last updated on Friday at 3:35 p.m.
FRAMINGHAM – The Massachusetts Department of Public Health notified the City of Framingham’s Health Department of West Nile Virus found in traps in Framingham. The state notified the City before noon, today, August 23.
Source contacted the City’s health department which confirmed mosquitoes in traps were found to have the virus. It is unknown at this time, where those traps were in the City.
No press release has gone out from the Mayor’s office as of 3:45 p.m. and nothing is posted on the homepage of the City’s website as of 3:45 p.m. Thursday.
At 6:21 p.m., Thursday, Mayor Yvonne Spicer sent an email to the City Council she wrote: “As you may be aware, Framingham Health Department has been notified of mosquitoes testing positive with West Nile Virus in Framingham. Though this is a concern, it is not unexpected during this time of year. Below is information provided by our Health Nurse Kitty Mahoney in regard to actions the public can take to protect themselves from unnecessary exposure. This information is currently on the Framingham Health Department website at https://www.framinghamma.
As of 7:30 a.m. Friday, August 24, there is no alert on the City of Framingham’s homepage and no reverse 9-1-1 alert went out.
According to the state mosquitoes with West Nile Virus were detected in five different traps within the City’s borders. It is unknown, at this time, where those traps are located.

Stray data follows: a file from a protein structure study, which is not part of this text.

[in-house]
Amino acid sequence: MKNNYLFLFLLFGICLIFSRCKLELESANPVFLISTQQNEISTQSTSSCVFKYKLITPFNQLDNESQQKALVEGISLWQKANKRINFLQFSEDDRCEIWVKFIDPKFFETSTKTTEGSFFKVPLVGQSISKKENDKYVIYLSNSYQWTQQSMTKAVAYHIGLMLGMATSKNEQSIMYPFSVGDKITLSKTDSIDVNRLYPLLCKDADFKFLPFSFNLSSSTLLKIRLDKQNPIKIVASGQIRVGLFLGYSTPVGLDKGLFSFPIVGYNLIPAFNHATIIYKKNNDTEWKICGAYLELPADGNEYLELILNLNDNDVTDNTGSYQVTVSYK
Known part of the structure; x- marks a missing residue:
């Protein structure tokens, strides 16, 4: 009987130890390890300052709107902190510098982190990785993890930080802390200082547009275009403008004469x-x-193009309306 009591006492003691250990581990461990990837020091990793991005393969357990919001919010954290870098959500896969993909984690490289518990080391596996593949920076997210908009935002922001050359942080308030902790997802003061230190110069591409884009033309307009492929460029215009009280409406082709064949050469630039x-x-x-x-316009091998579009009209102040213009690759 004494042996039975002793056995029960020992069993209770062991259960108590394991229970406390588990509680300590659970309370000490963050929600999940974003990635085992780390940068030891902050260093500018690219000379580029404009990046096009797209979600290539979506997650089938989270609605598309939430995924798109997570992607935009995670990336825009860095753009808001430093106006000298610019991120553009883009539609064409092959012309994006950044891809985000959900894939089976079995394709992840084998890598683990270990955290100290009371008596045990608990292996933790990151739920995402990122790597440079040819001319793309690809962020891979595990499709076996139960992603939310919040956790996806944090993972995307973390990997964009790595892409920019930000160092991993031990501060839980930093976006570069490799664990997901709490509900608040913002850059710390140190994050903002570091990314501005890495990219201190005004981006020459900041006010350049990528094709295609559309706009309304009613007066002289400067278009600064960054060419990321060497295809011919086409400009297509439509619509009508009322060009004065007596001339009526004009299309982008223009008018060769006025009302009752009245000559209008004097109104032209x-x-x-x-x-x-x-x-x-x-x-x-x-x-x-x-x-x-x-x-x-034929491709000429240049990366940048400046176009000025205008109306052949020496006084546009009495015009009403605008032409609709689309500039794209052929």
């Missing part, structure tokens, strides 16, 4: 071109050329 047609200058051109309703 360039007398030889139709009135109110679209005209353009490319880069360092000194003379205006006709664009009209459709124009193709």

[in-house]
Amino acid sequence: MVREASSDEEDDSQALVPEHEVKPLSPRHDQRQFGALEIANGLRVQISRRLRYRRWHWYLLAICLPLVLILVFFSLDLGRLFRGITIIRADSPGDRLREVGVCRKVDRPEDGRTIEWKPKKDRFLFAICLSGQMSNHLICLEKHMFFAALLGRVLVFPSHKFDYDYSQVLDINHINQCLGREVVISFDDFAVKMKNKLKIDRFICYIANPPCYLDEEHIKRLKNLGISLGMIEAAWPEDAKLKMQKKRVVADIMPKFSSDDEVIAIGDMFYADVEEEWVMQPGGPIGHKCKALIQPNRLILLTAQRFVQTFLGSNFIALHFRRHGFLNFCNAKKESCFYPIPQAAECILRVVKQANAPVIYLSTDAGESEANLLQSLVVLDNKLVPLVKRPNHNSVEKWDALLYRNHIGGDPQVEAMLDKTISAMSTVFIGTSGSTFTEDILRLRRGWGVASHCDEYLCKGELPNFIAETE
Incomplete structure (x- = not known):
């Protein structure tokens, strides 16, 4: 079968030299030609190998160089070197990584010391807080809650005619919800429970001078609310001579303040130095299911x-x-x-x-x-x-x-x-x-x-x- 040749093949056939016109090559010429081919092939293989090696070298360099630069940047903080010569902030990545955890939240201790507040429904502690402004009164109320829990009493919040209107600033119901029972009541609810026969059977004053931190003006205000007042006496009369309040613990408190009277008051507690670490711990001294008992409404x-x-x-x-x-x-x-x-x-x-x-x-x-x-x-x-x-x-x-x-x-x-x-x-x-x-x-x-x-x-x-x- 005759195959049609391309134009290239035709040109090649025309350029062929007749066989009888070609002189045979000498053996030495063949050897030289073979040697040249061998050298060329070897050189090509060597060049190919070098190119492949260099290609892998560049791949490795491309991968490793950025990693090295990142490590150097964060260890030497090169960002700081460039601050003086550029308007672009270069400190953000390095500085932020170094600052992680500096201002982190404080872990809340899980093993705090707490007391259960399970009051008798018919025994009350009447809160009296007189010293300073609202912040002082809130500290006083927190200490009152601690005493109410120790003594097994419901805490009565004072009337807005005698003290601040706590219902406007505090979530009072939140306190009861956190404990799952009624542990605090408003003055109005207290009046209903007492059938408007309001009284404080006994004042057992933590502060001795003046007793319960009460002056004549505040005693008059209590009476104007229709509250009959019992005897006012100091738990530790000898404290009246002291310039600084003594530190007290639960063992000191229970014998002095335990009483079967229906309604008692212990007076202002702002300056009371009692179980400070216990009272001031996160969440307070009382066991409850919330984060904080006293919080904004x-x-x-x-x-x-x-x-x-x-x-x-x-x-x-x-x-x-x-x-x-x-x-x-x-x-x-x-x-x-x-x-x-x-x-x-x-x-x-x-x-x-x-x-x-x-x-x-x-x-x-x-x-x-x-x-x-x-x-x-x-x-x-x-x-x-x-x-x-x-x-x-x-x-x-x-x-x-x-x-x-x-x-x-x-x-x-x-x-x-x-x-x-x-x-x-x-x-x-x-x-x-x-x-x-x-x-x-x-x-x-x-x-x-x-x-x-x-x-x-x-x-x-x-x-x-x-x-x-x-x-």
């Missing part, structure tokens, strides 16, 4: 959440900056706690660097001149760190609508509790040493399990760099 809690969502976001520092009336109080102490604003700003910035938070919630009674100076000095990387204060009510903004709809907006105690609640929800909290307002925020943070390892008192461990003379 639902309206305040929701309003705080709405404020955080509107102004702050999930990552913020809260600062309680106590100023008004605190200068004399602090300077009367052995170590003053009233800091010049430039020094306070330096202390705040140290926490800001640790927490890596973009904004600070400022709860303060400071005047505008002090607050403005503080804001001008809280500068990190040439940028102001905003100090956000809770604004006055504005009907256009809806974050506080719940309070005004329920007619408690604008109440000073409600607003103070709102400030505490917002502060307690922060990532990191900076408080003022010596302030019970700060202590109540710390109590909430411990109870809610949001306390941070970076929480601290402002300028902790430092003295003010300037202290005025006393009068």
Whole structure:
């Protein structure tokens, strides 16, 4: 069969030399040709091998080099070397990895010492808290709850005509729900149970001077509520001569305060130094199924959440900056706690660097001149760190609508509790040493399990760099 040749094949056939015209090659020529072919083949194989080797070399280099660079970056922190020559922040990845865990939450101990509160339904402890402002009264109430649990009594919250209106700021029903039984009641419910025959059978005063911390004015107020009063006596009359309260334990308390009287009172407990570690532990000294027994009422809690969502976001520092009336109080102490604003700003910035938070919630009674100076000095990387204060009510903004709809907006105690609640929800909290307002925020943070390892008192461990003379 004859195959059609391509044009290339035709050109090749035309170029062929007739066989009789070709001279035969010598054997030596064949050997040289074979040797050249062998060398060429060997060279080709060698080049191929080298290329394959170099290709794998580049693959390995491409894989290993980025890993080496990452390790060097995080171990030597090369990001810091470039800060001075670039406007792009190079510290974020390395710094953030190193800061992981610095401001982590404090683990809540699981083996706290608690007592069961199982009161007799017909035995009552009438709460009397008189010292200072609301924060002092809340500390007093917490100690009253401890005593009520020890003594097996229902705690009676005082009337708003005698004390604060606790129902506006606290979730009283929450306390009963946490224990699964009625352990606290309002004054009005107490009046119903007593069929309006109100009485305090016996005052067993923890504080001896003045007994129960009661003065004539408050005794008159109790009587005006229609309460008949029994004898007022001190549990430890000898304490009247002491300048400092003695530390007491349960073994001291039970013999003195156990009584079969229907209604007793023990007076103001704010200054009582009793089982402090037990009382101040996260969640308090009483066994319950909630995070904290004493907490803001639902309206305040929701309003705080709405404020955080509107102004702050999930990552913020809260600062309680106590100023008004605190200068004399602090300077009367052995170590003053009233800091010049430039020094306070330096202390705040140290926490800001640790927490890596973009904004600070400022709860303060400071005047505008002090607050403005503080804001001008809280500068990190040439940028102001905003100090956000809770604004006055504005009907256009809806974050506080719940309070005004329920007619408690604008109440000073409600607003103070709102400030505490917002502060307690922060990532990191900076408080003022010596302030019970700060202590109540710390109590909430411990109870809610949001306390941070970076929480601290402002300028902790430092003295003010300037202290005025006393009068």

The state announced on Friday, the three confirmed human cases of West Nile Virus in Massachusetts.
- A woman in her 70s was hospitalized in Worcester County.
- A woman in her 50s was hospitalized in Suffolk County.
- A woman in her 60s was infected but not hospitalized in Middlesex County.
The Town of Ashland also had mosquitoes with West Nile Virus detected and was notified by the state on Thursday. The Town notified the media on Thursday, and Source posted an alert. Later the Town announced spraying on August 27.
The information below was issued by the Town of Ashland.
West Nile Virus is most commonly transmitted to humans by the bite of an infected mosquito. The mosquitoes that carry this virus are common throughout the state, and are found in urban as well as more rural areas.
While West Nile can infect people of all ages, people over the age of 50 are at higher risk for severe infection.
By taking a few, common-sense precautions, people can help to protect themselves and their loved ones:
- Avoid Mosquito Bites
- Be Aware of Peak Mosquito Hours – The hours from dusk to dawn are peak biting times for many mosquitoes. Consider rescheduling outdoor activities that occur during evening or early morning. If you are outdoors at any time and notice mosquitoes around you, take steps to avoid being bitten by moving indoors, covering up and/or wearing repellant.
- Clothing Can Help reduce mosquito bites. Although it may be difficult to do when it’s hot, wearing long-sleeves, long pants and socks when outdoors will help keep mosquitoes away from your skin.